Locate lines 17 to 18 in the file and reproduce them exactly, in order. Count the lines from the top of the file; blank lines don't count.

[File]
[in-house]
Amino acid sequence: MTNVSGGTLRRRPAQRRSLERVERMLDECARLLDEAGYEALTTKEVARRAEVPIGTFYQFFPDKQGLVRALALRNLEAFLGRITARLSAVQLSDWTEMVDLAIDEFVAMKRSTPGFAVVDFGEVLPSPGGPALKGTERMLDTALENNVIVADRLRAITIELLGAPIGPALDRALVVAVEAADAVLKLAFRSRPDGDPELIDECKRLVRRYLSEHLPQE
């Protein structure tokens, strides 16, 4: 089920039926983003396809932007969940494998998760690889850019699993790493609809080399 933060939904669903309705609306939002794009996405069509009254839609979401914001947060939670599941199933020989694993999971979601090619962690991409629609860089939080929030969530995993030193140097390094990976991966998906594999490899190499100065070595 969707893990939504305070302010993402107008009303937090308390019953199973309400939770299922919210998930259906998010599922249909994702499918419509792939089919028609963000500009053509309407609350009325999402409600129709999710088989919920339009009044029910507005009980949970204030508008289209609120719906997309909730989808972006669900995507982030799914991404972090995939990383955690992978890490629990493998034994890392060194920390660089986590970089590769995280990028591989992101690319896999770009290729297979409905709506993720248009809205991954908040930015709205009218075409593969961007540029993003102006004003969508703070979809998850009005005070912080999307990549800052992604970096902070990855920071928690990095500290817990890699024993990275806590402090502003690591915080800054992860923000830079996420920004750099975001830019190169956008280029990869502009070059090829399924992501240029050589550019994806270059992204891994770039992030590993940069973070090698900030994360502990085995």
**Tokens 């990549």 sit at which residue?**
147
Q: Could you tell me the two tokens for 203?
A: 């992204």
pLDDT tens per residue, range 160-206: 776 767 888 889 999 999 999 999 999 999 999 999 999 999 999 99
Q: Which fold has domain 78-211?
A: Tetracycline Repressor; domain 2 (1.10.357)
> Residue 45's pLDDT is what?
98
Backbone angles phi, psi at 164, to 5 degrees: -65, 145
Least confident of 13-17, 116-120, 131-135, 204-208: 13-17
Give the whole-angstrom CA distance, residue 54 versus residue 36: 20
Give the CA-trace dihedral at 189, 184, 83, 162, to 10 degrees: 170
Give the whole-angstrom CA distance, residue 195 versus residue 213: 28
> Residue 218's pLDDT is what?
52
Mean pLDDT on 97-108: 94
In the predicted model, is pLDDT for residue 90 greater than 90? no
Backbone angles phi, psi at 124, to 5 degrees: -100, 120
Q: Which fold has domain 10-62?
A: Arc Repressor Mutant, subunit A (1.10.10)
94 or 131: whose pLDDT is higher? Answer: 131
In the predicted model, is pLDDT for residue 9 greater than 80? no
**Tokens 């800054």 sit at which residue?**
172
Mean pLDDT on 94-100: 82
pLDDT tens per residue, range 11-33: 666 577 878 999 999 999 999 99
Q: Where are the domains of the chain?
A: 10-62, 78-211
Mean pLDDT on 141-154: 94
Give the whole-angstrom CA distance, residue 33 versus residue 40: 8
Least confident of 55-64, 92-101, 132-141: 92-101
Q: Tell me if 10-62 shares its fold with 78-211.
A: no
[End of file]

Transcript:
Give the whole-angstrom CA distance, residue 195 versus residue 213: 28
> Residue 218's pLDDT is what?